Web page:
As the Oscar season approaches, one argument we’re hearing more and more often is that this or that actor, director, or movie is obviously “thirsty” for an Oscar, and that such a thing is worthy of mockery.
This was said for a long time about Leonardo DiCaprio, before he finally won a few years ago for The Revenant. The same charge was leveled for many years at Anne Hathaway, prior to her win for Les Miserables, and later at Bradley Cooper, before he came up empty last year in his quest for acting, directing, and writing Oscars for A Star is Born.
I love A.O. Scott’s work, and I’m no fan of 1917, but that being said, the critique is very unfair. And that’s because every movie with any kind of ambition is, on some level, thirsty for Oscars. And there’s nothing wrong with that.
…every movie with any kind of ambition is, on some level, thirsty for Oscars. And there’s nothing wrong with that.
The Oscars are an industry. If half of the year in film culture is taken up in obsession with superhero movies, the other half consists of endless speculation on which films will compete for, win, or fall desperately short of an Academy Award.
Studios pay massive amounts of money on campaigns to place ads, and in some cases launch covert negative smear campaigns against their rivals. Actors, directors, and other entertainers then embark on a nearly endless series of press tours, talk show appearances, luncheons, and much more.
With all of that going on, why shouldn’t the people competing for such awards actually want to win them? And why in the world would it be frowned upon to actually care about such things?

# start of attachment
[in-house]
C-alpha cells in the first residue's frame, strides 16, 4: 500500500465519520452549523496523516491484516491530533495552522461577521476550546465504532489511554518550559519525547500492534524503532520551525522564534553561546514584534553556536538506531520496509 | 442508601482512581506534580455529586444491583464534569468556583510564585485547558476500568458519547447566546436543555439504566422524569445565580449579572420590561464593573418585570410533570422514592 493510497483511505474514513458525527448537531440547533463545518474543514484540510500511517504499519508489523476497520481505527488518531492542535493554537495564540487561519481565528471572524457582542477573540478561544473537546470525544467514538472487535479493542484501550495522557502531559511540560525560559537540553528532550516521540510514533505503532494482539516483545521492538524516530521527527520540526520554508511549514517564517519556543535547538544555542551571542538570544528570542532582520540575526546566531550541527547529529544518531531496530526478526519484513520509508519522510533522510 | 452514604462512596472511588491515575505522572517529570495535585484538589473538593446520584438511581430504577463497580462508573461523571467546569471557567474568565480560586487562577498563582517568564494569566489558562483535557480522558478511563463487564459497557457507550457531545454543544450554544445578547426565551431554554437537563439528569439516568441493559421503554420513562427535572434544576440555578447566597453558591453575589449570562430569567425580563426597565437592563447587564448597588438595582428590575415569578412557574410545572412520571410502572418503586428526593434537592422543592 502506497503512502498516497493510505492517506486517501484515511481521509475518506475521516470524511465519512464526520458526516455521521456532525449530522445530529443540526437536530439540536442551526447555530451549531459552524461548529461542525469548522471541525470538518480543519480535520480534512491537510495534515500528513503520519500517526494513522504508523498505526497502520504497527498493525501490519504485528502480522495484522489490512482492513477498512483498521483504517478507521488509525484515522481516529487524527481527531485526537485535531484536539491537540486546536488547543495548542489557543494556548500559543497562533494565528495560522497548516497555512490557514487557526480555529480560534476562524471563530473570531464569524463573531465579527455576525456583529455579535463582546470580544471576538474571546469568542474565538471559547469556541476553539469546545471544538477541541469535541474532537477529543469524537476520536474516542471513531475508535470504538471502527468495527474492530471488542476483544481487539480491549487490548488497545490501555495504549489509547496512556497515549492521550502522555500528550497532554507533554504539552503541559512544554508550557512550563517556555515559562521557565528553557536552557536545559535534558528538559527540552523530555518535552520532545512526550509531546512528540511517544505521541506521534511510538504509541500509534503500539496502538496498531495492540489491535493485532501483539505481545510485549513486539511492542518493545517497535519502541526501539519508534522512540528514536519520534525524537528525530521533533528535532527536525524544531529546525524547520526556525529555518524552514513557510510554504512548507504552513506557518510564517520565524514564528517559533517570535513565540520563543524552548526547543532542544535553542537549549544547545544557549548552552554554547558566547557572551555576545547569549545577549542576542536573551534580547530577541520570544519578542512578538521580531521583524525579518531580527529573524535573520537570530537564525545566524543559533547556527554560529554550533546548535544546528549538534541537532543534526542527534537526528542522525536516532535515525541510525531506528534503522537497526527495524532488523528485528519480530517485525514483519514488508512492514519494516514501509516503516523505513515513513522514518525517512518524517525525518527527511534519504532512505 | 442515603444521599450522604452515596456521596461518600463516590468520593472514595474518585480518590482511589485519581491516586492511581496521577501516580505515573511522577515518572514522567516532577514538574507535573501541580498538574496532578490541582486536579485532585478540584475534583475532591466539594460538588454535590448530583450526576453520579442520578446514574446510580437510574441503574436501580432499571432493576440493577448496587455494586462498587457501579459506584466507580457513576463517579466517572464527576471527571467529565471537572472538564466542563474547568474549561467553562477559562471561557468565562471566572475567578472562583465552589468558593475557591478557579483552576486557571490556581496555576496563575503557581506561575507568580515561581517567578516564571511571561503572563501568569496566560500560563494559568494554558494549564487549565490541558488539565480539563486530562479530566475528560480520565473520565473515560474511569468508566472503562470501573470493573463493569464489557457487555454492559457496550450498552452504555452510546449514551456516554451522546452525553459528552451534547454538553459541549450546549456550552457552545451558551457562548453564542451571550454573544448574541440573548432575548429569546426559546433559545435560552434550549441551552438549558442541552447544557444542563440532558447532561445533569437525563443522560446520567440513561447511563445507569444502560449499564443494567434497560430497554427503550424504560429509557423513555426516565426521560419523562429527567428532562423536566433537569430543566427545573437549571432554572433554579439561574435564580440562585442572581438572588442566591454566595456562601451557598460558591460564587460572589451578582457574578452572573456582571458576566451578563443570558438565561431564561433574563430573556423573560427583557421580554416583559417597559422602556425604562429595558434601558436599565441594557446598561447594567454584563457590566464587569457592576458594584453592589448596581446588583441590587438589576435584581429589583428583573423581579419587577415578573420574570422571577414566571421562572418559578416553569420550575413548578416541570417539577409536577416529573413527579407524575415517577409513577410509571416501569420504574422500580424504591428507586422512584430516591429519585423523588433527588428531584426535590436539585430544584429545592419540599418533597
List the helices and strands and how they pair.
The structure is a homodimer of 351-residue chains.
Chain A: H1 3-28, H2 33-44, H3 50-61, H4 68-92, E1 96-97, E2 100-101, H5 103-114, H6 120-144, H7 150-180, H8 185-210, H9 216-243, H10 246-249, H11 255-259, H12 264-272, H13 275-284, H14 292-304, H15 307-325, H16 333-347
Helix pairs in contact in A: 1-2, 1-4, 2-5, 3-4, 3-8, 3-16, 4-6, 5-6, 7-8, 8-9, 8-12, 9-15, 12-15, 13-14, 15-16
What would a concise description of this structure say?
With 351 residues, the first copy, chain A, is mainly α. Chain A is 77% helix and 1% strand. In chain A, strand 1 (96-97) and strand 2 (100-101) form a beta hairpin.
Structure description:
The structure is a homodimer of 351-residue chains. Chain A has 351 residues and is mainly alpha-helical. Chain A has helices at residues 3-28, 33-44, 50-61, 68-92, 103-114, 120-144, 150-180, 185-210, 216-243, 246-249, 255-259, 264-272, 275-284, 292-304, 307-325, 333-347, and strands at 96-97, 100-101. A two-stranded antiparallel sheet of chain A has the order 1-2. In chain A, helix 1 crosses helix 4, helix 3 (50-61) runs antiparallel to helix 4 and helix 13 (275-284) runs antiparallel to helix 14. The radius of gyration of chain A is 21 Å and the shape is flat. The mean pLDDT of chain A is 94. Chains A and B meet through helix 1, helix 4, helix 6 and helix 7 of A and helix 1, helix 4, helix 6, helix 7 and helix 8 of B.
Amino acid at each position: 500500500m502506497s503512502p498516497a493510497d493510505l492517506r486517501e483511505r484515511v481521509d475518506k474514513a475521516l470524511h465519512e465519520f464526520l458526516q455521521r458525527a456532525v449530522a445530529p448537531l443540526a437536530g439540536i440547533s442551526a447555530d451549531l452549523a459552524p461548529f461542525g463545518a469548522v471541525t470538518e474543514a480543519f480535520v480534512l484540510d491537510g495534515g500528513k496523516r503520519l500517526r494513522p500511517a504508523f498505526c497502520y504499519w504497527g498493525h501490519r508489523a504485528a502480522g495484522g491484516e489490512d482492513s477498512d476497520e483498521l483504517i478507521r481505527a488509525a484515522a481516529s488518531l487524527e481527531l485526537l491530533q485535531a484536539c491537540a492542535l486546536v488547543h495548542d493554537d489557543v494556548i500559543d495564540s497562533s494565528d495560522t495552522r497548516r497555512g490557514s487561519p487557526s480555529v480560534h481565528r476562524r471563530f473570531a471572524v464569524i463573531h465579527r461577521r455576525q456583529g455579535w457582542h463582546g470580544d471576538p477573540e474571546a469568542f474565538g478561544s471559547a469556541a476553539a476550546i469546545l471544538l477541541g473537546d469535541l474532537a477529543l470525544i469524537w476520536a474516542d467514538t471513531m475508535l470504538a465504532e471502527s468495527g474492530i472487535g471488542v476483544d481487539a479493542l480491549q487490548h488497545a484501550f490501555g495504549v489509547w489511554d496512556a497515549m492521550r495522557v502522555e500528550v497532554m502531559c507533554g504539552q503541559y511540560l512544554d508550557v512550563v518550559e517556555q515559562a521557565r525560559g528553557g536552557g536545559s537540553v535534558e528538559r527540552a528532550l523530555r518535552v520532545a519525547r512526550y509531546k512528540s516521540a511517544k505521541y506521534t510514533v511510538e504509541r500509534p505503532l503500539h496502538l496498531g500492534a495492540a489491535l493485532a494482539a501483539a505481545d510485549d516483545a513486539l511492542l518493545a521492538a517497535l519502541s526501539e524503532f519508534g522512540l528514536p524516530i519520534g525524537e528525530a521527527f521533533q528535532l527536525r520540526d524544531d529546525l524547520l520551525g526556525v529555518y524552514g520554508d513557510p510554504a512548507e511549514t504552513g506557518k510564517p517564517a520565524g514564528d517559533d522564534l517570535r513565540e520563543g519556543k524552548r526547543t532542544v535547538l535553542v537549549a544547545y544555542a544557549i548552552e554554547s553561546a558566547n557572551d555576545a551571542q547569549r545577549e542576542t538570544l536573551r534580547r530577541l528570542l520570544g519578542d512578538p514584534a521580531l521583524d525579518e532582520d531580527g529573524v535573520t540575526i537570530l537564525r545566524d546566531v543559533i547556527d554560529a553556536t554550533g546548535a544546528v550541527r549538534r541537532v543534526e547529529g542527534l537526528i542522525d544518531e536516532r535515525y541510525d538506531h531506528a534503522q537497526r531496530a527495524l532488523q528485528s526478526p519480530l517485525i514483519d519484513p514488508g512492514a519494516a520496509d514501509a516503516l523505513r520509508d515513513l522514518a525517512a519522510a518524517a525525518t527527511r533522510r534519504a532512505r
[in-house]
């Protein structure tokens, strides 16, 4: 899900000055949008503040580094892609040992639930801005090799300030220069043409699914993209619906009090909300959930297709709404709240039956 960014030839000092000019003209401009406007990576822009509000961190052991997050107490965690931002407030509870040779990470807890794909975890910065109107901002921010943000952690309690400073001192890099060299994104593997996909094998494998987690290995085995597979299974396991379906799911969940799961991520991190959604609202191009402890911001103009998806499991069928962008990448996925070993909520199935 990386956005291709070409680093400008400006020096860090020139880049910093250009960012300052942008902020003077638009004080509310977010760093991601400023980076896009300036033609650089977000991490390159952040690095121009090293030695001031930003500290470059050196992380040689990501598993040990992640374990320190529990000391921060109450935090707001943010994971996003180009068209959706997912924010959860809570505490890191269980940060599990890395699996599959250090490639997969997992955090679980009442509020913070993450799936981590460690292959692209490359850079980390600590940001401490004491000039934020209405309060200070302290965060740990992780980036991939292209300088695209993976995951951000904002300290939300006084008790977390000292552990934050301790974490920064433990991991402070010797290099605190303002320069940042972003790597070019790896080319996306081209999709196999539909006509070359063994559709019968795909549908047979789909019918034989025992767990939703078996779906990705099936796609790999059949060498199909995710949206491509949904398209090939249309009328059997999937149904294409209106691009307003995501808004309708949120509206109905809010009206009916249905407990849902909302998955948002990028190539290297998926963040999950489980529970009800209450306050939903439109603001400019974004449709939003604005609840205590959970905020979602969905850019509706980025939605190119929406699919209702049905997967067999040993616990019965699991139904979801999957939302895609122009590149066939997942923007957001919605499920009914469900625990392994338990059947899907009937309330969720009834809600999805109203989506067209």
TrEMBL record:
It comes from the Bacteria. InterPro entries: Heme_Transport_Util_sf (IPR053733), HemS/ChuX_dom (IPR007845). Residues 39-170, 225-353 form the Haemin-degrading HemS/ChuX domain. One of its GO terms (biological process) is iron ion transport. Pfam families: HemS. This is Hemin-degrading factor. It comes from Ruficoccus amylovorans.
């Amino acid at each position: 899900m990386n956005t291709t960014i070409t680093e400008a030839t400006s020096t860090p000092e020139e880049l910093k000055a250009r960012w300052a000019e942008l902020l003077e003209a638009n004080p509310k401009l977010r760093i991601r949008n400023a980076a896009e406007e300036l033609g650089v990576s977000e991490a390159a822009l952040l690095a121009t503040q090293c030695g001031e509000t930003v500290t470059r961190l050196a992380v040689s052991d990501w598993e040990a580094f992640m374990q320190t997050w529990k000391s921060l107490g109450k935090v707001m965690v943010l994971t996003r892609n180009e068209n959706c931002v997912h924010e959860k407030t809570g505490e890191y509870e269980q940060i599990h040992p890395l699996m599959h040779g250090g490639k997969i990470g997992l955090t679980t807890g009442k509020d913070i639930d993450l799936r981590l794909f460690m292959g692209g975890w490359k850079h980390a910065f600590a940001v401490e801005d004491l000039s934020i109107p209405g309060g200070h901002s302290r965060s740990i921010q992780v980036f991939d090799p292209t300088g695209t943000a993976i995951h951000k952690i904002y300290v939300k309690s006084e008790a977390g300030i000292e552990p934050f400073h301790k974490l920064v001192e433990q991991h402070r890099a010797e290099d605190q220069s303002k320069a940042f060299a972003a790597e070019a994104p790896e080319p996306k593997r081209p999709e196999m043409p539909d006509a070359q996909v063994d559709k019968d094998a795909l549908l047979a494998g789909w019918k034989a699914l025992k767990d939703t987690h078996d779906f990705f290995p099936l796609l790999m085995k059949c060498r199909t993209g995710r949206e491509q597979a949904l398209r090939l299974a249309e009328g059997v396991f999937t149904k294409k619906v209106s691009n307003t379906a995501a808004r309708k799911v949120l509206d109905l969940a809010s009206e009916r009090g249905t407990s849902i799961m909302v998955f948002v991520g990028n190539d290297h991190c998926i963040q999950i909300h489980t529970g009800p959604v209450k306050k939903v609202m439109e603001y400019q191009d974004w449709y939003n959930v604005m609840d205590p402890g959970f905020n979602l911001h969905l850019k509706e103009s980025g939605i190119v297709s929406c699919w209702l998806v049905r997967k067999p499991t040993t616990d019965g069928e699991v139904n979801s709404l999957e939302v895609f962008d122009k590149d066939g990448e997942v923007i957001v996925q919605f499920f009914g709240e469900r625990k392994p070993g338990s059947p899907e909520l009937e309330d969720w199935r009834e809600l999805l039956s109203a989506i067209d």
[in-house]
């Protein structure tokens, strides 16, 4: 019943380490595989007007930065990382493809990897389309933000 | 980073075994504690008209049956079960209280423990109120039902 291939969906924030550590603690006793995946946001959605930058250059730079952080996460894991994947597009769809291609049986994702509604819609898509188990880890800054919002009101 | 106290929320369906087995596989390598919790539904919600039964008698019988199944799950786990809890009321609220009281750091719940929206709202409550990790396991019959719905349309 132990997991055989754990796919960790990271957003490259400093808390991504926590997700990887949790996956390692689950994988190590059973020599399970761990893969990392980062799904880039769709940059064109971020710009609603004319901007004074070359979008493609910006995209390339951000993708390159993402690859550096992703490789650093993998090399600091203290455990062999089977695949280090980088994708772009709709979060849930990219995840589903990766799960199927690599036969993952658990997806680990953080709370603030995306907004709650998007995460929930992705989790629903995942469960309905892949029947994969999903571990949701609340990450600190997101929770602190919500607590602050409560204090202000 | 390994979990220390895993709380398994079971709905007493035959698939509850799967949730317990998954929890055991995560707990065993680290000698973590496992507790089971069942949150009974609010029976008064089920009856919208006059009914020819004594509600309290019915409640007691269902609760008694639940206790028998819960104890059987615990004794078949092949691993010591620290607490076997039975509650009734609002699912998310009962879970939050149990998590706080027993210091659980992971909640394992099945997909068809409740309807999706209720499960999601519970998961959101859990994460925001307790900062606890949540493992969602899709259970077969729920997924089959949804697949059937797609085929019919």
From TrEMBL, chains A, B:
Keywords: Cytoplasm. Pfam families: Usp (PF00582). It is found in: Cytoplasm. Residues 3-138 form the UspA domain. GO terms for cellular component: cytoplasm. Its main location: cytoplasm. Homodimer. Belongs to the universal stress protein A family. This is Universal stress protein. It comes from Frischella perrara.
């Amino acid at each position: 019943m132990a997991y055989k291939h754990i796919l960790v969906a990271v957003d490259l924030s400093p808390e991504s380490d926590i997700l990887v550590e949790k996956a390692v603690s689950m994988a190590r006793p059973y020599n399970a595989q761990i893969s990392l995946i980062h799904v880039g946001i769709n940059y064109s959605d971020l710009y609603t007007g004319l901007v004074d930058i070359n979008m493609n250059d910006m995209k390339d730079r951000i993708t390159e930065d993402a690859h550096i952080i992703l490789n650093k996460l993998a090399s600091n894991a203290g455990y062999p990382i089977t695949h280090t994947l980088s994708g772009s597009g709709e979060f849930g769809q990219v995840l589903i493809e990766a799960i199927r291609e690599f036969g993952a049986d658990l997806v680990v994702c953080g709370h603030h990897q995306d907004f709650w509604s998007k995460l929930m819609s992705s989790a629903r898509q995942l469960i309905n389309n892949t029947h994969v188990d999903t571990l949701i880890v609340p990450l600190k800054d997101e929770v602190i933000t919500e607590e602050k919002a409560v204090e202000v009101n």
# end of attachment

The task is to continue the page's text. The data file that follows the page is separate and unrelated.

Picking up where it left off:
Sure, there are always movies each year which swing for the fences awards-wise and fall woefully short, which is always an amusing aspect for those that follow Oscar season. There’s even a very entertaining podcast on the subject, called This Had Oscar Buzz.
This year, we had releases like The Goldfinch, Motherless Brooklyn, and, of course, Cats, which chased Oscar buzz but ended up with just about none. These movies, like many of the genre, were at least interesting in the ways they failed. Well, Cats wasn’t, but the rest were.
And besides… it’s only doubly satisfying when a performer who’s been “thirsting” for an Oscar for years, like DiCaprio or Hathaway, finally wins one.
So, in short: Let actors be thirsty for awards. They’ve earned their thirst. And sometimes it’s even quenched.
CULTURE (counter, pop, and otherwise) and the people who shape it.